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[News Analysis] Is momentum building to ease South Korea-China strain?

At 1st meeting in 7 years, top envoys underscore cooperation, but acknowledge challenges

May 14, 2024 - 15:40 By Ji Da-gyum
South Korean Foreign Minister Cho Tae-yul (left) shakes hands with his Chinese counterpart, Wang Yi, at the Diaoyutai State Guesthouse in Beijing, Monday. The Korea-China foreign ministerial meeting takes place in Beijing for the first time since November 2017. (Ministry of Foreign Affairs)

A four-hour meeting Monday between the top diplomats of South Korea and China has ignited new momentum in kickstarting strained high-level dialogue, essential for laying the groundwork to create a conducive environment for the resumption of long-stalled cooperation and exchanges at all levels.

Experts noted that the development is especially significant as it sets the stage for a mood of cooperation and dialogue, paving the way for the upcoming long-awaited trilateral summit with Japan, the first since 2019, in late May in Seoul.

However, experts simultaneously cautioned that the meeting also exposed inherent differences between Seoul and Beijing on North Korea as well as regional and global issues against the backdrop of US-China strategic competition, which will serve as a key hurdle in sustaining the newfound momentum.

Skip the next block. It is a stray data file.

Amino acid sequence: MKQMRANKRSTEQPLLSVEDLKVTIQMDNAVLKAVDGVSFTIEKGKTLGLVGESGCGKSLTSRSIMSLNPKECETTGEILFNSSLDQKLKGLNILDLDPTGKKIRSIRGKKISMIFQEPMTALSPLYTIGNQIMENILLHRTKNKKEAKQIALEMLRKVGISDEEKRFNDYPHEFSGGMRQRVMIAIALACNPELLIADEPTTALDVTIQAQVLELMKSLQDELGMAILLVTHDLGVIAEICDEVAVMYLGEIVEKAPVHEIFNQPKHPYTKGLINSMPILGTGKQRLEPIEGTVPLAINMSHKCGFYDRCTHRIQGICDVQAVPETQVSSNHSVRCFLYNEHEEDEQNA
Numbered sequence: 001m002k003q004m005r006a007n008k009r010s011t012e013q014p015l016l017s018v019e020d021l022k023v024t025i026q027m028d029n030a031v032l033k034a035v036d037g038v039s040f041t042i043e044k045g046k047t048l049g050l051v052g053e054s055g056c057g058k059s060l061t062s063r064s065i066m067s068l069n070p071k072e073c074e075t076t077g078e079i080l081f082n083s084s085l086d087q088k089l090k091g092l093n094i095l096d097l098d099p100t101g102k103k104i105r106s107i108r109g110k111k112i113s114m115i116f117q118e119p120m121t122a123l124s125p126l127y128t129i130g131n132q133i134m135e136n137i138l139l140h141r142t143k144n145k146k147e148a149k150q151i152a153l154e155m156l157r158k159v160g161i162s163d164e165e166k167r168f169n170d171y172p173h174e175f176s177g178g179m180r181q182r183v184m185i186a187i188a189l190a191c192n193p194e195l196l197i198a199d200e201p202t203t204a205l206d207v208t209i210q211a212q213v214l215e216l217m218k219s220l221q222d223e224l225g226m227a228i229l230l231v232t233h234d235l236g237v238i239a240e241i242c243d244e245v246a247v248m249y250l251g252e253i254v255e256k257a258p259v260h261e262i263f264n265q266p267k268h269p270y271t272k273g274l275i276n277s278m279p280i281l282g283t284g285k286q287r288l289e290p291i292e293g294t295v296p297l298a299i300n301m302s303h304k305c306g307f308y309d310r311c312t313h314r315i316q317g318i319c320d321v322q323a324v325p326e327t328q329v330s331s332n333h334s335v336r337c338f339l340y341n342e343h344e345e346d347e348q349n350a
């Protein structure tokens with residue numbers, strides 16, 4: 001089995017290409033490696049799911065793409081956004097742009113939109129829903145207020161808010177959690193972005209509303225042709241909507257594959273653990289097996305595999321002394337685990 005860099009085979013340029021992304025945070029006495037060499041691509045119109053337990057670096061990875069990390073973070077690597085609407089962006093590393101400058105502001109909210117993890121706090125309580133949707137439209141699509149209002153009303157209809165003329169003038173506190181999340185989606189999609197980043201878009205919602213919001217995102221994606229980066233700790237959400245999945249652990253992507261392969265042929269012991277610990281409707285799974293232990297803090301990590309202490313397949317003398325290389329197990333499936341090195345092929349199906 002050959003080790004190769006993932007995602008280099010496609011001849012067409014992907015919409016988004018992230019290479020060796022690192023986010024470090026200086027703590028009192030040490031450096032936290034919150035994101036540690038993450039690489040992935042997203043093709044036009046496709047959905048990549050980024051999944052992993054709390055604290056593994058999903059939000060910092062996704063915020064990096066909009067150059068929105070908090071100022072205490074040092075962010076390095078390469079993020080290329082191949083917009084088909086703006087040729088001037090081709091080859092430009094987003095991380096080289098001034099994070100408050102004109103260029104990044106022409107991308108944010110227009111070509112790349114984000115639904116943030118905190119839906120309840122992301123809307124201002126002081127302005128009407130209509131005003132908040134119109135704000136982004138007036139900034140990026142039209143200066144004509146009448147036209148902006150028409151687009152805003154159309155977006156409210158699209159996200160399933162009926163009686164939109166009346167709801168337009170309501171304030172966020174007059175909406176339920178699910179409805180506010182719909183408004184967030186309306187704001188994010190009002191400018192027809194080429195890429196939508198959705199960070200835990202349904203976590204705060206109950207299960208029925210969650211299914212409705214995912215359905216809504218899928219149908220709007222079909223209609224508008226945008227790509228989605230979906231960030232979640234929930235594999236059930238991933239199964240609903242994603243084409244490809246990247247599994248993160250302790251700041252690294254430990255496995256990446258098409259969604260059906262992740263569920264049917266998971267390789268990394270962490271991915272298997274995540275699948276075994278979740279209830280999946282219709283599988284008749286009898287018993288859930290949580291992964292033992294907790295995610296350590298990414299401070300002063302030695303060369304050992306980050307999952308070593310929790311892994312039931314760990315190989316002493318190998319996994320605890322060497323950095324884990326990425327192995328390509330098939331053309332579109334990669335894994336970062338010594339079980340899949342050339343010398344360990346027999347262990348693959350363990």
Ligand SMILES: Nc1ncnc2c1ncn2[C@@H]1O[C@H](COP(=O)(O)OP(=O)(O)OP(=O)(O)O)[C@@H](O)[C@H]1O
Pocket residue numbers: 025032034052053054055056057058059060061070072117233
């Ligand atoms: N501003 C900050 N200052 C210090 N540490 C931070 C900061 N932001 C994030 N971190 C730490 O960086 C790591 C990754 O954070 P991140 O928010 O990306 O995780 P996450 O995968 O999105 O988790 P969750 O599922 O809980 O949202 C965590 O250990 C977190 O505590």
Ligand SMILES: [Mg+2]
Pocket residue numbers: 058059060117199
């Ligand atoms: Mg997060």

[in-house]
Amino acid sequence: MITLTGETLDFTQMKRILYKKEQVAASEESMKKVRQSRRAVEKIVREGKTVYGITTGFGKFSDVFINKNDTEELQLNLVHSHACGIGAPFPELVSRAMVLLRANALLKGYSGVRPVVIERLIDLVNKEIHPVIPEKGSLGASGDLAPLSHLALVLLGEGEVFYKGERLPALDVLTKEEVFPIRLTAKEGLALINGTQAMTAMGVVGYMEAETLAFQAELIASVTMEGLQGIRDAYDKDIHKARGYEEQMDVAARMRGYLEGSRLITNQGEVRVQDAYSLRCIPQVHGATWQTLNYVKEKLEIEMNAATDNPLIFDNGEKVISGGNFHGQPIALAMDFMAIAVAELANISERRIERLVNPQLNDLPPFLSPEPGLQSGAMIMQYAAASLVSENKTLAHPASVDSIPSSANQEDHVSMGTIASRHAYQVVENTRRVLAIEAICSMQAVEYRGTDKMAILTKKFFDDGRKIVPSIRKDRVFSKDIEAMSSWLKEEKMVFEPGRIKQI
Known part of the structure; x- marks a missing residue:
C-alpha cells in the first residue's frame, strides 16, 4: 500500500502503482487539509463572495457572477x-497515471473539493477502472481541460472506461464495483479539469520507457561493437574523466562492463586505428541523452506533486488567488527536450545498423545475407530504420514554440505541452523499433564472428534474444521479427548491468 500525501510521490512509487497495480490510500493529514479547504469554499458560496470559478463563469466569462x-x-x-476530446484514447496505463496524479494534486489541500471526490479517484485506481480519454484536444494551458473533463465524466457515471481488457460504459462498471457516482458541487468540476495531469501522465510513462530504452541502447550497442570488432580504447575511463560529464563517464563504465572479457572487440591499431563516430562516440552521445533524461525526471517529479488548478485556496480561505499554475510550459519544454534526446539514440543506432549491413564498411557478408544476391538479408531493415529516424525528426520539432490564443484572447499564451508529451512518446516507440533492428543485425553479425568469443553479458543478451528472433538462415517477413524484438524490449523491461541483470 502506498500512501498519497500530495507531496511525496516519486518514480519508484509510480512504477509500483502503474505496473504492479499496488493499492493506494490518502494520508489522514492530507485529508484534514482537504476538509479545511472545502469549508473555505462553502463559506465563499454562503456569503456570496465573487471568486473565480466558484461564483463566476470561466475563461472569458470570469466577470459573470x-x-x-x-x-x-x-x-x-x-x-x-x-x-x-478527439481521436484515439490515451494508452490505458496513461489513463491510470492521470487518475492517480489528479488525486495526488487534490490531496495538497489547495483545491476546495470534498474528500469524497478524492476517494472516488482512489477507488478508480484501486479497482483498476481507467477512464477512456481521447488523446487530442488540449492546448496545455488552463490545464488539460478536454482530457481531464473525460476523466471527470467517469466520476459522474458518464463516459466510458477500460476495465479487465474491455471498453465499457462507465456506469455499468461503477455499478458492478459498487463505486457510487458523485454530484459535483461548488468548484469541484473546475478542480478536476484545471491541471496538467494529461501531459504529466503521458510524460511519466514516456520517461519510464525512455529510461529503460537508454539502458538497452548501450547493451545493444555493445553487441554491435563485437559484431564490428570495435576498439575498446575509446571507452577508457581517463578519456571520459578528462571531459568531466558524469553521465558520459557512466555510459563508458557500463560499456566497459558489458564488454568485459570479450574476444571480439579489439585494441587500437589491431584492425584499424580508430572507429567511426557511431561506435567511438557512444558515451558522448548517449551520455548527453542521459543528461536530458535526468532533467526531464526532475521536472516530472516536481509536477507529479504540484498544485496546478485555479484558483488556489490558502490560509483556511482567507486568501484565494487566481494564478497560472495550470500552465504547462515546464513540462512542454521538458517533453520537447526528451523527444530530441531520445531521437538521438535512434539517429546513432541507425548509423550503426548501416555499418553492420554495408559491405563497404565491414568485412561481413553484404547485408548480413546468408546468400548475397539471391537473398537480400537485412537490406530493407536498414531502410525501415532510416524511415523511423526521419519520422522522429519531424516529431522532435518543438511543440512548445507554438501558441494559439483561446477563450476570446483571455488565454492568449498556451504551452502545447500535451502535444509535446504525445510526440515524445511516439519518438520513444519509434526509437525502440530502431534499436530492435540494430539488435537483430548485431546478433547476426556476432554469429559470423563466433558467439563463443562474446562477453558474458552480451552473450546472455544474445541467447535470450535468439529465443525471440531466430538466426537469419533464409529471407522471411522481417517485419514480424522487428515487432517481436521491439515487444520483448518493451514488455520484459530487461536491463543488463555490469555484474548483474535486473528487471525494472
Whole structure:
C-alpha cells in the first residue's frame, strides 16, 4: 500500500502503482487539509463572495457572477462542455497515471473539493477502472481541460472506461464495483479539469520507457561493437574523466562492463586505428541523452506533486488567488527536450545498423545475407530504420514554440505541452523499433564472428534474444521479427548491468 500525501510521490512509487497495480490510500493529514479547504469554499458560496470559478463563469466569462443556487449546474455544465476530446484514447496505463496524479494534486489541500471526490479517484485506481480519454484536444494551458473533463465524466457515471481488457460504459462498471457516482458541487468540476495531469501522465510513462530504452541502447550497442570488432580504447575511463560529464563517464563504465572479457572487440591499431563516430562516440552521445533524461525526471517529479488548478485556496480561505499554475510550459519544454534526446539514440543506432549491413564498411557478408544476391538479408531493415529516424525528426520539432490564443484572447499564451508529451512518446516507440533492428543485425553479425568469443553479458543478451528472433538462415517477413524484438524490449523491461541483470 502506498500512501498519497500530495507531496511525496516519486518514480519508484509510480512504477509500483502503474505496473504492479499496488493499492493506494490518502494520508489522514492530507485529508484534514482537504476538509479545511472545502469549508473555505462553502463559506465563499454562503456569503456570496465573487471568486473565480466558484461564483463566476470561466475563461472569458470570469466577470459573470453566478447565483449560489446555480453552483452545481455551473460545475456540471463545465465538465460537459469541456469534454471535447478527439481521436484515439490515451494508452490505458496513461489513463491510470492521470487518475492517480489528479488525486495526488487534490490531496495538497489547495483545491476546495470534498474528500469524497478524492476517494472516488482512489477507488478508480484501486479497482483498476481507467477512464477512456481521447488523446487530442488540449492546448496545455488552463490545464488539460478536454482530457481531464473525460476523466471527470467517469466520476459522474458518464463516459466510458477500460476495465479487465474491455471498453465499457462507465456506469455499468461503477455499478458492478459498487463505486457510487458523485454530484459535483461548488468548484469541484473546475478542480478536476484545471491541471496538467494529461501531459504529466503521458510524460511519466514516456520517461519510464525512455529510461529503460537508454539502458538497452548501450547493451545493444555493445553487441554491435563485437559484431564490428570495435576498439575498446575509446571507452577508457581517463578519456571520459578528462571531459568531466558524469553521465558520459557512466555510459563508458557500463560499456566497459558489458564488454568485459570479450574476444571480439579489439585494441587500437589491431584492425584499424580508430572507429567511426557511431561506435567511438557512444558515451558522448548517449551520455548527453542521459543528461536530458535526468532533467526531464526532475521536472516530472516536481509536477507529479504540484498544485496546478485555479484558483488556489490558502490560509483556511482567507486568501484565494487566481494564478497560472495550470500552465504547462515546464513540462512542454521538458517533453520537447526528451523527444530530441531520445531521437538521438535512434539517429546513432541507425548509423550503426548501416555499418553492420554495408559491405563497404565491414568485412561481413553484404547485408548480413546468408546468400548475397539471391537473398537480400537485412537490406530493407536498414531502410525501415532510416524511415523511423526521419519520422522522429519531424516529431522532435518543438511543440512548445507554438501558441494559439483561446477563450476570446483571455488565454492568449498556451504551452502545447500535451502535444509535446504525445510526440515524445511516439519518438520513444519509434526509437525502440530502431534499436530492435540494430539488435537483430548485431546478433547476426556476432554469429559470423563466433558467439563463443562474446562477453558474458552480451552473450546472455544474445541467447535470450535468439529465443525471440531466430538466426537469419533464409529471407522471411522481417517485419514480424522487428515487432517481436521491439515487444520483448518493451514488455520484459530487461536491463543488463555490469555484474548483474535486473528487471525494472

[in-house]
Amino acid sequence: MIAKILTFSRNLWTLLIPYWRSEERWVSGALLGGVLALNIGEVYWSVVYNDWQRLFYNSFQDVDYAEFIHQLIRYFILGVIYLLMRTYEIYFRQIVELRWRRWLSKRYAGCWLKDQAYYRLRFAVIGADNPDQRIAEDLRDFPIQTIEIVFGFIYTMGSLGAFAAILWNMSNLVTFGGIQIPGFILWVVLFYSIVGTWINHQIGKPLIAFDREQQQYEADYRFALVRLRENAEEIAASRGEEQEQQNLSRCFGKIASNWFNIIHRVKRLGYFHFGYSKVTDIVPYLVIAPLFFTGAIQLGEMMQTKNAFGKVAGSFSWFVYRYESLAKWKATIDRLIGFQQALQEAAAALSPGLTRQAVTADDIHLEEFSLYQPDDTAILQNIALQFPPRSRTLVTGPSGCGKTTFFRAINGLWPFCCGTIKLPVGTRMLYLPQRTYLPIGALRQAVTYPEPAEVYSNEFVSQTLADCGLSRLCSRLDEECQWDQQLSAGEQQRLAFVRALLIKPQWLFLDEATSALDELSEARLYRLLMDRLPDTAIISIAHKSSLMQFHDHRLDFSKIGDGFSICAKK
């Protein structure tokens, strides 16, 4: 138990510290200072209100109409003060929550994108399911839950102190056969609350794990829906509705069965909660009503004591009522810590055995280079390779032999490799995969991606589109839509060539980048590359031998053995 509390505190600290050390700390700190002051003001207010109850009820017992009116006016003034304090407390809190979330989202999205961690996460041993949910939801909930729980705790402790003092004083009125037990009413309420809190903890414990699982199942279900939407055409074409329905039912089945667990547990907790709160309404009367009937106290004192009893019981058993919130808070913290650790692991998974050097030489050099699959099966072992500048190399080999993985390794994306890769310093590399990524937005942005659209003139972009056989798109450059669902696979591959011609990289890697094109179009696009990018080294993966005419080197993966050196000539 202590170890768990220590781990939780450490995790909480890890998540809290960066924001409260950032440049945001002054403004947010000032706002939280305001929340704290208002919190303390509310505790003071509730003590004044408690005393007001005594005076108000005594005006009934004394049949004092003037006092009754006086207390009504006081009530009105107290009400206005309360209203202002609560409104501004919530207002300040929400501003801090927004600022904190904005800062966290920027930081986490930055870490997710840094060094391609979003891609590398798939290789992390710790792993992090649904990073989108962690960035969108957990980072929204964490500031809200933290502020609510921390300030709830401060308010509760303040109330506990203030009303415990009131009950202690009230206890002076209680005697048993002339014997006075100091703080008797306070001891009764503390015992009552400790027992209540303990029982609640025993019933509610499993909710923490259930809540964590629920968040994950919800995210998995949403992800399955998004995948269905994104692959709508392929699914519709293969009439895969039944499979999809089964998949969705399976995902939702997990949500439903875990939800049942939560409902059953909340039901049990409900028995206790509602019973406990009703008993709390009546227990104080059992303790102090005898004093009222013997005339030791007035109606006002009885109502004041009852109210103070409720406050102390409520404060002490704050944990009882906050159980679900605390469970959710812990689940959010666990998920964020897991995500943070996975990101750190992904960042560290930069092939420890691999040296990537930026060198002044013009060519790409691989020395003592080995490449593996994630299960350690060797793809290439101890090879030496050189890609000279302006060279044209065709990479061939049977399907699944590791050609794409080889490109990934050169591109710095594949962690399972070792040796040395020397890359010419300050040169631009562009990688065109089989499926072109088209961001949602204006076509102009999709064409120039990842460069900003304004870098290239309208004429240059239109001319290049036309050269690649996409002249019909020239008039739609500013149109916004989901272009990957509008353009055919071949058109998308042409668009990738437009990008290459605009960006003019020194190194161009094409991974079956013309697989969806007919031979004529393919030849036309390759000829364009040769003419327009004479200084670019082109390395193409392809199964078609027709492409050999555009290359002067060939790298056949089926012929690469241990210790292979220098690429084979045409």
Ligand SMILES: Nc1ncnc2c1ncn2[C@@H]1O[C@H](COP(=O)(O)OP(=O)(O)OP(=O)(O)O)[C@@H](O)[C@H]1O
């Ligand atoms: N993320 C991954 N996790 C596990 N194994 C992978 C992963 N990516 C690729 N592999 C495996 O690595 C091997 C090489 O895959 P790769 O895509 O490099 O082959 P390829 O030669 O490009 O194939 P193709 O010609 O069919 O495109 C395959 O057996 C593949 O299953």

Foreign Minister Cho Tae-yul and his counterpart Wang Yi met for the first time in Beijing at the Diaoyutai State Guesthouse, marking the first meeting of its kind in the Chinese capital city since November 2017.

"I consider it a significant achievement that the current atmosphere is moving towards cooperation, despite past differences in perspectives on the South Korea-China relationship," Pyo Na-ri, a professor in the Department of Asian and Pacific Studies at the Korea National Diplomatic Academy, told The Korea Herald.

In their opening remarks, Cho and Wang underscored the importance of cooperation while candidly acknowledging the challenges confronting both countries.

Wang emphasized, "There are no fundamental conflicts of interest between China and Korea. Both should strive for a state of harmony with differences," using the concept of "heerbutong," according to the Chinese Foreign Ministry on Monday.

The original Chinese heerbutong denotes being friendly and cooperative while maintaining one's principles.

Wang also said, "China-Korea relations have been facing difficulties and challenges, which is not in the common interests of both sides nor is it what China wants to see."

South Korean Foreign Minister Cho Tae-yul engages in discussions with his Chinese counterpart Wang Yi during their meeting on Monday. (Ministry of Foreign Affairs)

Cho also shared the sentiment during the meeting, saying "It's crucial to sustain momentum for cooperation while managing disagreements carefully to prevent them from escalating into conflicts even in the face of difficulties."